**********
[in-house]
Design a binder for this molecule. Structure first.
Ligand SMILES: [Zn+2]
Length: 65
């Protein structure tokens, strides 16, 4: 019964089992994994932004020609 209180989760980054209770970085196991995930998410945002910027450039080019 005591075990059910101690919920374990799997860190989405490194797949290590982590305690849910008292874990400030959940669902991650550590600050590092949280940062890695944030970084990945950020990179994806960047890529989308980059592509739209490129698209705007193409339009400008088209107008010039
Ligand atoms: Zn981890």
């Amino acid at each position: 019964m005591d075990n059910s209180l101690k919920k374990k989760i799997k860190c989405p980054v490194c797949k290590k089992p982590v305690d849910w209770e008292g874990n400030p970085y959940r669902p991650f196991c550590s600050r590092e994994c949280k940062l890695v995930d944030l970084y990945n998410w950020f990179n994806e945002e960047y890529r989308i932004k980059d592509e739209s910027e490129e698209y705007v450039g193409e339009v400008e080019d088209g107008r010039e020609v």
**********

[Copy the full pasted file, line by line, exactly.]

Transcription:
[in-house]
Design a binder for this molecule. Structure first.
Ligand SMILES: [Zn+2]
Length: 65
């Protein structure tokens, strides 16, 4: 019964089992994994932004020609 209180989760980054209770970085196991995930998410945002910027450039080019 005591075990059910101690919920374990799997860190989405490194797949290590982590305690849910008292874990400030959940669902991650550590600050590092949280940062890695944030970084990945950020990179994806960047890529989308980059592509739209490129698209705007193409339009400008088209107008010039
Ligand atoms: Zn981890």
């Amino acid at each position: 019964m005591d075990n059910s209180l101690k919920k374990k989760i799997k860190c989405p980054v490194c797949k290590k089992p982590v305690d849910w209770e008292g874990n400030p970085y959940r669902p991650f196991c550590s600050r590092e994994c949280k940062l890695v995930d944030l970084y990945n998410w950020f990179n994806e945002e960047y890529r989308i932004k980059d592509e739209s910027e490129e698209y705007v450039g193409e339009v400008e080019d088209g107008r010039e020609v």